7 Things Organizations Need in the 21st Century
#4: Measurement Analysis and Knowledge:
Organizations generate a large volume of data and information so the question here is how do you use the data within the organization? Does the organization translate data into action to improve overall execution? Organizations need to use the data, information technology, and knowledge that exists within the organization to make better decisions and to take action as needed. Decision making based on data is a critical skill vital for organizational leaders in the Twenty-first Century.
#5: Workforce Focus and Trust:
Workforce satisfaction is important. Some call it workforce enrichment. Is the organization providing leadership development; training, educating, and coaching employees to higher performance? What type of culture does the organization have? Is the organization and the organization's leaders interested in having an engaged workforce? If so, consider the following:
- Create an environment where senior management and employees are “allies” on a mission to achieve business results
- Keep in mind there have been a number of studies that have proven that what employees' want or value does not always align with what senior leaders think they want
- Engagement matters not because it is about ensuring employees are happy but it is about ensuring employees are productive – engagement improves employee productivity
There are seven things Organizations need for the Twenty-first Century:
This starts with senior leaders but ultimately includes insuring leadership at all levels of the organization. For the purpose of this article, the focus will be on senior leadership and their need to provide vision and values, communication, and emphasize organizational performance while leading employees forward. The focus of corporations, first of all, is to drive the business but there are also some elements of governance and social responsibilities which include leveraging diversity and ensuring an ethical business platform as well as philanthropic giving to the community. The bottom line is that, what leaders say is far less important than what they do. What leaders do and how they act serves to create cues about what is acceptable behavior and what will not be tolerated. Leaders create the culture of the organization.
#2: Strategic Planning:
Strategic Planning includes strategy development and setting organizational priorities. But it also includes strategic resource deployment throughout all levels of the organization and the creation of aligned action plans. This effort includes completing the commensurate SWOT analysis, of course. Strategic planning without execution, however, will not deliver growth or organizational sustainability.
#3: Customer and Market Focus:
The saying goes the “customer is king.” It is critical to understand who the customer is, the different customer and market segments, and knowledge of the market today and in the future. The best way of doing this is to obtain the voice of the customer through surveys, focus groups, investigating inquiries and customer complaints. While endeavoring to please the customer, it is important to seek and secure customer satisfaction. Additionally, it is important to anticipate the customers’ needs and movements in the market including the actions of competitors. It is very hard to focus on the customer if there isn’t some focus on the employees. The employees are a conduit to strong customer-centricity and so organizations who want to be customer-focused are often “people-focused: employees and customers.”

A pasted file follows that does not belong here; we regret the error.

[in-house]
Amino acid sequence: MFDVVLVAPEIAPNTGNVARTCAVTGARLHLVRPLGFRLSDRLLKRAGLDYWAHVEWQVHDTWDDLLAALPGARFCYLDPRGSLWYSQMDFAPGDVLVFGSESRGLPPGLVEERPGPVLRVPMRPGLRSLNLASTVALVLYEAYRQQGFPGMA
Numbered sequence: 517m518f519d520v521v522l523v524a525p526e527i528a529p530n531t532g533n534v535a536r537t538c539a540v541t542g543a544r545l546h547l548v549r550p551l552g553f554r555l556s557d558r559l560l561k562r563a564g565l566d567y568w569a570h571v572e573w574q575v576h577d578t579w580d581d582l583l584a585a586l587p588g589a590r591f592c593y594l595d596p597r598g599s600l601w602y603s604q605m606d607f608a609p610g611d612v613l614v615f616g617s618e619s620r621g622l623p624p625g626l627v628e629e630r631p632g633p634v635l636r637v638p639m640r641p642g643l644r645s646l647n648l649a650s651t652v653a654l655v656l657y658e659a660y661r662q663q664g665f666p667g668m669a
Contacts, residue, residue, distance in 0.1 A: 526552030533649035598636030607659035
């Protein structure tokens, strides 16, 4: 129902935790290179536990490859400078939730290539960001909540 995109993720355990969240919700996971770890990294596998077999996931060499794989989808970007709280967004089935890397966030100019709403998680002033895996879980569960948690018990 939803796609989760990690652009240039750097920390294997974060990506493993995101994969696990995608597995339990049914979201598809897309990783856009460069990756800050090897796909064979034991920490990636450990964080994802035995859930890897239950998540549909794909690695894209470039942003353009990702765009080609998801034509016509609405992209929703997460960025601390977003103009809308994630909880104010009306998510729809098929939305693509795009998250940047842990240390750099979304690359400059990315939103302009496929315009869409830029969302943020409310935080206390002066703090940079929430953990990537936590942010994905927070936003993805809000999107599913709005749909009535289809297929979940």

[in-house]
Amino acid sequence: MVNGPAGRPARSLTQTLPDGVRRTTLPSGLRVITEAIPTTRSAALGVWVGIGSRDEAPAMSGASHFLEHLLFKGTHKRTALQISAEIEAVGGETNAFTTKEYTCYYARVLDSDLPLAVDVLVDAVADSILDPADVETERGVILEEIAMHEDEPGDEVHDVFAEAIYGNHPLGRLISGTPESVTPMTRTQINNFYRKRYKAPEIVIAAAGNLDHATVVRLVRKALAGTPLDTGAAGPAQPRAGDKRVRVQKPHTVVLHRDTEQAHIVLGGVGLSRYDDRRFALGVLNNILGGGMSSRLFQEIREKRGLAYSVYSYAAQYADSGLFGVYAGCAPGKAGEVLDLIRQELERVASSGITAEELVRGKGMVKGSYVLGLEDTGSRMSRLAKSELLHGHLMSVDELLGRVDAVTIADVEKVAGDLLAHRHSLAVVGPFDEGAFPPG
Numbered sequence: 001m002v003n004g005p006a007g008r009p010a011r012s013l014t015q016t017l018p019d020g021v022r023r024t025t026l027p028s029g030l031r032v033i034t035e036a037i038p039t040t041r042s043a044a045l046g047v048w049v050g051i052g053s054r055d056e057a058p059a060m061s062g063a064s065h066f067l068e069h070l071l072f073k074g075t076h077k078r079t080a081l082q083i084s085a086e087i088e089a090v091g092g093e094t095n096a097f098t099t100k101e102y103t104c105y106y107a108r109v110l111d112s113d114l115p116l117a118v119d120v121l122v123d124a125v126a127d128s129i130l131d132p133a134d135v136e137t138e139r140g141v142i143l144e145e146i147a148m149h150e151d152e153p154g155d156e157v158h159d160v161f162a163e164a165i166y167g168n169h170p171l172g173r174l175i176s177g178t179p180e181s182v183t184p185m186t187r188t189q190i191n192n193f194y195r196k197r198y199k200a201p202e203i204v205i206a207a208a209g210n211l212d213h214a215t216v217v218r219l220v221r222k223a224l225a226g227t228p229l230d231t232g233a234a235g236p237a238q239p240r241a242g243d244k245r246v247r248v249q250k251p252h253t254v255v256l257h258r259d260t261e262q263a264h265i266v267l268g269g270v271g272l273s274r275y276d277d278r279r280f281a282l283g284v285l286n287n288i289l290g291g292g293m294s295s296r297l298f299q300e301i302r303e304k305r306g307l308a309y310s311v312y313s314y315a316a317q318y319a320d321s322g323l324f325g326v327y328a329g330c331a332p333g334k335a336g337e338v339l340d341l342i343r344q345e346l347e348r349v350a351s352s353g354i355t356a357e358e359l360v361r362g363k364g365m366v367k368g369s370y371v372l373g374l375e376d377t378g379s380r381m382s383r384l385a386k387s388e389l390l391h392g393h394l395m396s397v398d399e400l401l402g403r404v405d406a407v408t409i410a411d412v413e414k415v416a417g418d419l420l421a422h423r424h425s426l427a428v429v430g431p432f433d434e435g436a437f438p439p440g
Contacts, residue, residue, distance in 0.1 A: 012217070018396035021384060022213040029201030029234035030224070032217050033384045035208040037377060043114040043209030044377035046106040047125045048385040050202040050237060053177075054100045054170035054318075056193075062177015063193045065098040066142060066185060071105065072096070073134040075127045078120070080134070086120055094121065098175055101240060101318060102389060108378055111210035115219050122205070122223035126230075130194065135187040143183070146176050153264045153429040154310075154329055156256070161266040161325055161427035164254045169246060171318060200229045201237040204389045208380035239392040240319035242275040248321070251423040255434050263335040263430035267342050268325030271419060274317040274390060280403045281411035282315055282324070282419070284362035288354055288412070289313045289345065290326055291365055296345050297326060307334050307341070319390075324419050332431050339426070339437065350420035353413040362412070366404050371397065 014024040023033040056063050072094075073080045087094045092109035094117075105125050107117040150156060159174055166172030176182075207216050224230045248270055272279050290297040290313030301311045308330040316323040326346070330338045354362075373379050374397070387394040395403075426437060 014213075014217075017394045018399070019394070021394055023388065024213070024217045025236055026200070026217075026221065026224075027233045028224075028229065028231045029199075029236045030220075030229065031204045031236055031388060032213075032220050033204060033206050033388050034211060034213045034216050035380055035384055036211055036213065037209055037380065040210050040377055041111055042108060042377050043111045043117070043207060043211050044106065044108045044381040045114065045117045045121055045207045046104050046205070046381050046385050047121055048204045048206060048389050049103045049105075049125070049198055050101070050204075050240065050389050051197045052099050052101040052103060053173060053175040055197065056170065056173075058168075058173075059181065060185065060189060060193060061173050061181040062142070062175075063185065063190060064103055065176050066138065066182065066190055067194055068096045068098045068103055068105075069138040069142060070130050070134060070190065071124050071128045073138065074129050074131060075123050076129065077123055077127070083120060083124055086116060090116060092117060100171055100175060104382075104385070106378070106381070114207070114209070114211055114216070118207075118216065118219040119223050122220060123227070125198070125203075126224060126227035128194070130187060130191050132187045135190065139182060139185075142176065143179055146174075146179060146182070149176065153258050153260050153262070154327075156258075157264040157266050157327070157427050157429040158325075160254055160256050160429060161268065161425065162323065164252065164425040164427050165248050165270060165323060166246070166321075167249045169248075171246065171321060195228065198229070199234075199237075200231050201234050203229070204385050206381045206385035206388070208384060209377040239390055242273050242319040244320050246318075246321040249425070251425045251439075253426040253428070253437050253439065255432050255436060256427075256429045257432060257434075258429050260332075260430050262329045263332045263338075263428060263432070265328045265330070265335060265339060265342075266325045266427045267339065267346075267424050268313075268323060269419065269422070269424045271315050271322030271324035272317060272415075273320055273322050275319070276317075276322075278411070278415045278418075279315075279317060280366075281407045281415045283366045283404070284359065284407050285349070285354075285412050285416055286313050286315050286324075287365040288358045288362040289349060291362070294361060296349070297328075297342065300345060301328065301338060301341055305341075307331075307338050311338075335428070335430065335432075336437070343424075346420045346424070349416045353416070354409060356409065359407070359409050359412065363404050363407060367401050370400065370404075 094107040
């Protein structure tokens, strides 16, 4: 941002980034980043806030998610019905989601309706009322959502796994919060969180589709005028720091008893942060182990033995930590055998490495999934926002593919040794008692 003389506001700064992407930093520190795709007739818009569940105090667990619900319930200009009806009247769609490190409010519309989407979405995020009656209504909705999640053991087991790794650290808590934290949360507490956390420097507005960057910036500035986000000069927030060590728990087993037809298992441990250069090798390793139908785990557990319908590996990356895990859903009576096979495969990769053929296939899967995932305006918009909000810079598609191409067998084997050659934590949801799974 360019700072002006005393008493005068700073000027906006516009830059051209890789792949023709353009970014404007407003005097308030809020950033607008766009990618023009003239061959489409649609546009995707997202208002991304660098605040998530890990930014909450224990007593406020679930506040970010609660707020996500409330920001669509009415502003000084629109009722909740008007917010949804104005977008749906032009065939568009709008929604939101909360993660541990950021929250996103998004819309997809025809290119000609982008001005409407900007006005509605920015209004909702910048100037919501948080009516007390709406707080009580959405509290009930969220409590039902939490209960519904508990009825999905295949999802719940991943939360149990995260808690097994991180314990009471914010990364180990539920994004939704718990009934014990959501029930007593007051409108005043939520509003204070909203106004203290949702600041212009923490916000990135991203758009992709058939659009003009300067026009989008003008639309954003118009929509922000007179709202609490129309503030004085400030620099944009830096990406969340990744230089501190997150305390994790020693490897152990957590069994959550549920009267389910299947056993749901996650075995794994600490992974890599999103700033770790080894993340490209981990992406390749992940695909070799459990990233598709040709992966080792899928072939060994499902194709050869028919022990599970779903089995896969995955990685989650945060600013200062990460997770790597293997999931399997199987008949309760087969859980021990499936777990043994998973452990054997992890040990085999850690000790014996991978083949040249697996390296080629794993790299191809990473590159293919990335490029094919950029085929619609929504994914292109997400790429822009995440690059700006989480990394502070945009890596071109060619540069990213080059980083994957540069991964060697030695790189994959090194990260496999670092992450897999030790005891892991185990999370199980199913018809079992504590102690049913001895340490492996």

#6: Process Management:
Do you have work systems and processes designed for effectiveness and efficiency? This is really about ensuring that work processes and structure are designed for quality from three perspectives: the customer’s focus, stakeholder value, and process management. This combines continuous and breakthrough improvement, preventive management, and decisions based on data wherever possible. Understanding the customer’s perspective is key to achieving a competitive advantage versus the competition. There is also a strong connection between customer satisfaction, product quality / perception, motivation and engagement of the workforce.
Facets to Include:
1. Achieving bottom line results
2. Creating value for customers and stakeholders
3. Leading with vision, purpose, trust, and integrity
4. Succeeding through people (and people development)
5. Leveraging creativity and innovation
6. Developing strategic partnerships
7. Ensuring the organization is fit for the future
8.Being able to transform for sustainability
#7: Organizational Performance:
What type of outcomes is the organization achieving consistently? What product and service outcomes; customer-focused outcomes; financial and market outcomes; workforce-focused outcomes; process effectiveness and efficiency outcomes?
In short, the extent to which organizations have leaders leading the path forward, conducting solid strategic planning while being customer, market, and work force-focused, have energized and engaged employees, minimize the bureaucracies of big corporations, and make decisions based on data while being continuous improvement-driven, the more the organization is likely to outperform the competition.